I am writing this from our farm in the Vendée, France, where a trailer and team of pickers are edging their way across the field, harvesting the first outdoor lettuce of the season. It is a glorious morning, with the dew still heavy on the crisp heads of Batavia that will be in your boxes shortly. Ten days ago amid gloom and rain, we thought these lettuces were done for as mildew took hold.
We’ve already lost the entire 20,000 lettuces from our greenhouse to aphids, so I was wishing for a tectonic plate shift under the Vendée to swallow the whole disastrous project in one seismic gulp. Thankfully all that was needed was an opening in the clouds. After a few days of sun the farm and its crops have been transformed. Our sun-loving lettuce have grown out of the grip of the mildew allowing us to trim off the infected leaves to produce a fair crop. Meanwhile the spinach, courgette, garlic, turnips and cabbage are all racing away under their crop covers. All being well we will finish planting the last peppers, chillies, tomatillos and sweetcorn in the next ten days, just as harvest starts in earnest.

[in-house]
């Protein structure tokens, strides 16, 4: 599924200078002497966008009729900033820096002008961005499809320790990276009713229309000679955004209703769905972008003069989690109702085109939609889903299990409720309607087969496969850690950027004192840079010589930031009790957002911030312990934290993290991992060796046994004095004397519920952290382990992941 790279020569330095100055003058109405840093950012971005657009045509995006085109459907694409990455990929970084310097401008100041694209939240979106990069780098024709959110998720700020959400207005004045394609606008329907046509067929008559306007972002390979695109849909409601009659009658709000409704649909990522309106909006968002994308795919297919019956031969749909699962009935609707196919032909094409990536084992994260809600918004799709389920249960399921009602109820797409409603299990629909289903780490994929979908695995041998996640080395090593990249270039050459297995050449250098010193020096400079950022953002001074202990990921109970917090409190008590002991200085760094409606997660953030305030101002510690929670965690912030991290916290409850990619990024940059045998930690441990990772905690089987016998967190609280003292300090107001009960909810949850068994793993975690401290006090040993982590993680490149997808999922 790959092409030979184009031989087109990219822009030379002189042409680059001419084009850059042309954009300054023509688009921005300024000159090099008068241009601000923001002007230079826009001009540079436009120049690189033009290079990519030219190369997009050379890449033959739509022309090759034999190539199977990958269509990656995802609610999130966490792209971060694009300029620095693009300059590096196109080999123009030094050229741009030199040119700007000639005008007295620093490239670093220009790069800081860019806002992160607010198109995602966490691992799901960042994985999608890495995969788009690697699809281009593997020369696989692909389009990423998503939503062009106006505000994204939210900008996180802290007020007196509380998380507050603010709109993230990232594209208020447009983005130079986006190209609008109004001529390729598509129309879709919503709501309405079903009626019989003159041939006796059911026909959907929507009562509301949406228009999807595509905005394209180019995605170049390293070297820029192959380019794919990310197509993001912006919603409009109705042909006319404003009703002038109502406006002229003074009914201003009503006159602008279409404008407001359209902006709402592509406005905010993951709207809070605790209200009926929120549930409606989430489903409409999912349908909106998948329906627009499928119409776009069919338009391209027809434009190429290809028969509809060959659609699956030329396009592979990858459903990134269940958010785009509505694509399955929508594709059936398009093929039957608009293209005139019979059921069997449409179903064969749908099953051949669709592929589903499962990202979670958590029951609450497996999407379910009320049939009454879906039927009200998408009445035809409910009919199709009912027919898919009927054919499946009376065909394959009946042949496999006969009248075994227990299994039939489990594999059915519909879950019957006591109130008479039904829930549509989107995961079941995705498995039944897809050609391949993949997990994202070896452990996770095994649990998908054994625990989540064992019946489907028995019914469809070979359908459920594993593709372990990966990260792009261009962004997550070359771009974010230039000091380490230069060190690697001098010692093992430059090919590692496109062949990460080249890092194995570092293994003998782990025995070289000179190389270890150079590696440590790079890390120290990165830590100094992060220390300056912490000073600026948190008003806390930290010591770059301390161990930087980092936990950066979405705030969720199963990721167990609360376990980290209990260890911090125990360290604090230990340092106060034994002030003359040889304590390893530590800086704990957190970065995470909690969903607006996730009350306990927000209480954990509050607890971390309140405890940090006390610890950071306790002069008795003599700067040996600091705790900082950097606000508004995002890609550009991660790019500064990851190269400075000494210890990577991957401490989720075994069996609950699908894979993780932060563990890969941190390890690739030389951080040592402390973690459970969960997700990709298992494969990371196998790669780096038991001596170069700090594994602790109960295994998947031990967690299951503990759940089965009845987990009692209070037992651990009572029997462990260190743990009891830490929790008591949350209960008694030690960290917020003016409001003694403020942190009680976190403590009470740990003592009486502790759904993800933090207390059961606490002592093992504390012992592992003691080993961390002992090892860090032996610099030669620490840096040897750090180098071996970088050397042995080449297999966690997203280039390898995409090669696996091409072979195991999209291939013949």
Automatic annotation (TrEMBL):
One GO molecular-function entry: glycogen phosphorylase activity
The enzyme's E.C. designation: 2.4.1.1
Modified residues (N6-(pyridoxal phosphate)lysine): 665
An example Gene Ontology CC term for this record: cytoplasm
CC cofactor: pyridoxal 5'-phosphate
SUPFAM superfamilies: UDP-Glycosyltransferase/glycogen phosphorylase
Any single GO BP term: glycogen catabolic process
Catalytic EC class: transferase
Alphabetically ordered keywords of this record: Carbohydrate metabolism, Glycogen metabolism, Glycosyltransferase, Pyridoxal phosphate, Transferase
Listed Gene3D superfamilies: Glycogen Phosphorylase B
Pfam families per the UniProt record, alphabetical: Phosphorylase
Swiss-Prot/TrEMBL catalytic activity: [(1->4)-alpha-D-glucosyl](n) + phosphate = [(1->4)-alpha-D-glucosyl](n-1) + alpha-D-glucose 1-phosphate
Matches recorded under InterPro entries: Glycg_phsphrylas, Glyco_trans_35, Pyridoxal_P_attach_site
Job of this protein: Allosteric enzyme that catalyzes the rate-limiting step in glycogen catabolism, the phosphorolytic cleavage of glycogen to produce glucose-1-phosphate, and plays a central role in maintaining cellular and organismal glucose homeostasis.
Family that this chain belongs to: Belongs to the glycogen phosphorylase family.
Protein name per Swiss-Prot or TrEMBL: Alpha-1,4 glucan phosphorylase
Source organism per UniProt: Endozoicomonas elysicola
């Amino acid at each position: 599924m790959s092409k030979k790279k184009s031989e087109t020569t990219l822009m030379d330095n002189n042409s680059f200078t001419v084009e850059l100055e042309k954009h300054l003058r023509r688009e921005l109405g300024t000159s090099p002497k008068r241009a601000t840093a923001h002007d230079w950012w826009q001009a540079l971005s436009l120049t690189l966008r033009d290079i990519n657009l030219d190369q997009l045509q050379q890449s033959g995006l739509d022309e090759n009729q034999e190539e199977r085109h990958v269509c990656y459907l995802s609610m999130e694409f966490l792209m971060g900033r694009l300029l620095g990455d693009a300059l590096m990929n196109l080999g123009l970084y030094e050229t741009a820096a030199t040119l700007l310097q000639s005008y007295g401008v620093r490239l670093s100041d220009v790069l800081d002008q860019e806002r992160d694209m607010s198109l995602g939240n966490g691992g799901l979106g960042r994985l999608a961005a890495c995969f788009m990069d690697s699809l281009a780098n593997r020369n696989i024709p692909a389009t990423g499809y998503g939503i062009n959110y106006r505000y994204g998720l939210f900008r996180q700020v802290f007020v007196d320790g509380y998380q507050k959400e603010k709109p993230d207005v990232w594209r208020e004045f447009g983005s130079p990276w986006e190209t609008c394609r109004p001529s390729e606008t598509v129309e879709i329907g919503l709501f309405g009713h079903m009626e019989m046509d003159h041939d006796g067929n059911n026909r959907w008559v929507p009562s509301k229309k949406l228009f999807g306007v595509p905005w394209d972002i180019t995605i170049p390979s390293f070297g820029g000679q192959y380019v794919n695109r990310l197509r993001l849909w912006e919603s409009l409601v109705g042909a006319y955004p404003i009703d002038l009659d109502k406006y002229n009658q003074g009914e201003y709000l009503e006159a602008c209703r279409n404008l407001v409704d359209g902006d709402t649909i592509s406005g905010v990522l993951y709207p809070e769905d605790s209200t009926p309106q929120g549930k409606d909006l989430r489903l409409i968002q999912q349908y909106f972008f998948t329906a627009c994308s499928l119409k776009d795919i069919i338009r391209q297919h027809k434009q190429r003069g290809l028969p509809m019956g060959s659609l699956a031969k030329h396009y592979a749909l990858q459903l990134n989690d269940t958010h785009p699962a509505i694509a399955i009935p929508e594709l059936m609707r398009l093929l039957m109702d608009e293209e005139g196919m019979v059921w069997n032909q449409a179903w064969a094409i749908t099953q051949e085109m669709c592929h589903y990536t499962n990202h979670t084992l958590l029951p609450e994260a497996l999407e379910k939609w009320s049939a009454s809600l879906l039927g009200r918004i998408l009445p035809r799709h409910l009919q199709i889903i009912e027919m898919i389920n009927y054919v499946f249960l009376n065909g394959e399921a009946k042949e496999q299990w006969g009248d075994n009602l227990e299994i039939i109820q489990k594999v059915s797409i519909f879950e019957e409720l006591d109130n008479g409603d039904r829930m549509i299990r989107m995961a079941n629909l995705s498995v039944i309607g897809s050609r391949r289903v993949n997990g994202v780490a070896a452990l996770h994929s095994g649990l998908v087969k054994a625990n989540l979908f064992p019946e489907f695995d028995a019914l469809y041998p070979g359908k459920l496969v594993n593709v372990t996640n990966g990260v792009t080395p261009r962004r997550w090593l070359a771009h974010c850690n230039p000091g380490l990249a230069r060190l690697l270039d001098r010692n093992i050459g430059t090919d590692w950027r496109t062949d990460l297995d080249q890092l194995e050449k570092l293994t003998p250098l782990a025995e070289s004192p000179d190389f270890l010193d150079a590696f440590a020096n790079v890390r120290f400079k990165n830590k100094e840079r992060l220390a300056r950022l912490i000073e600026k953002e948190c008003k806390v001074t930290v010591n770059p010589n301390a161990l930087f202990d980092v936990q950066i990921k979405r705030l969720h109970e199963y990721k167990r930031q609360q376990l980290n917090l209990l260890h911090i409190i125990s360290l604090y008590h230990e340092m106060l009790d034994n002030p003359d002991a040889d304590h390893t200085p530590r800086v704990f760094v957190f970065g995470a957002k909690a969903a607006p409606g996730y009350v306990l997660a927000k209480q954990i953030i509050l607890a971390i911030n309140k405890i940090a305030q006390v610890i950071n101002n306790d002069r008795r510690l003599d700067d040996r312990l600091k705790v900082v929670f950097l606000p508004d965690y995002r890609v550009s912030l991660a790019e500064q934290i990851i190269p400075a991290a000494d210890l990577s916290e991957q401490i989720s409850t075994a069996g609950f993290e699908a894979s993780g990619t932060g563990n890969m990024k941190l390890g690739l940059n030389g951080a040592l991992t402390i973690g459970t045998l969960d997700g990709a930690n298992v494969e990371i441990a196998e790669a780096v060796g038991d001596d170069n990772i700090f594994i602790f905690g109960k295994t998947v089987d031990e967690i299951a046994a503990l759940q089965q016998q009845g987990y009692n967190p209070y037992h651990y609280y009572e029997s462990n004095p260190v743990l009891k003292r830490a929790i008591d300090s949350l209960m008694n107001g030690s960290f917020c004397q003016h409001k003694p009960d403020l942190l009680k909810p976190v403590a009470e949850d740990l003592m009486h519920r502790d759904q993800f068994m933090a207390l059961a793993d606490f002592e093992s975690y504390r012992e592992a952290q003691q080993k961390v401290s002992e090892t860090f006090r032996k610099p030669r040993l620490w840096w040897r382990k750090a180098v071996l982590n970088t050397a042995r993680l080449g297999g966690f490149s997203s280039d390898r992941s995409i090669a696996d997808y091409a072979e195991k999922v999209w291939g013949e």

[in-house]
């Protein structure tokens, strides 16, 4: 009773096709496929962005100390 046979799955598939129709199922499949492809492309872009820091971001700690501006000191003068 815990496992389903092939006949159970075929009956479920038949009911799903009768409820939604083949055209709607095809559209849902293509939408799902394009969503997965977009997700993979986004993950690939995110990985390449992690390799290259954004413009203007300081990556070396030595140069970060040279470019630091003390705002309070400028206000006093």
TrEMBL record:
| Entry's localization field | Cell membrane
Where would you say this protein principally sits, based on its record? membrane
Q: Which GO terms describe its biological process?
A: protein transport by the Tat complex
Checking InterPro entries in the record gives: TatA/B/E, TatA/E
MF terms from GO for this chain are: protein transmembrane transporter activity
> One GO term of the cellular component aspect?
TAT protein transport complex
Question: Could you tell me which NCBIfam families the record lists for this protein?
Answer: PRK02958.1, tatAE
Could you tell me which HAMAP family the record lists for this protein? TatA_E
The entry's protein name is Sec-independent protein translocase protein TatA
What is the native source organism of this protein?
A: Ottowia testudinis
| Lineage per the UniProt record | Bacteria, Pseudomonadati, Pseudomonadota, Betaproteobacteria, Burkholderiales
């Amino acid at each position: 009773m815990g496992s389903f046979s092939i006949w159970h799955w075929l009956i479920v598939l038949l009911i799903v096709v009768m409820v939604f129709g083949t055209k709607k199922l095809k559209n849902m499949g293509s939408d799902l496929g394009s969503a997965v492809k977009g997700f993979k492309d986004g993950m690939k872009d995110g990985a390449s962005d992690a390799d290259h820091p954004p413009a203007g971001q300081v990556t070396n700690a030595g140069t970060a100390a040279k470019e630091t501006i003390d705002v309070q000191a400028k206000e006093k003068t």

Back in Devon we are entering the depths of the hungry gap and it will be another month or two before we start harvesting spring-planted crops. My Vendéen folly was borne out of the desire to keep you in greens through this period without travelling four times as far to Spain or Italy. The problem with such rationality is the freakish weather hidden behind the climatic averages. It’s been relentlessly grey and rainy this year, but every year my neighbours tell me they have never known a year like it. I think I also underestimated the life draining, blood sucking nature of French bureaucracy and tax. This is our fifth year and we are yet to make a profit but with a fresh, dew-dripping lettuce in your hands on a lovely morning, hope springs eternal; I will not be defeated.
At home the season is finishing with an avalanche of purple sprouting broccoli. Rather than hold stock or let it go to waste, we have upped the portions in your boxes so enjoy it while it lasts. Along with leeks and cauliflower, you won’t see it again for nine months.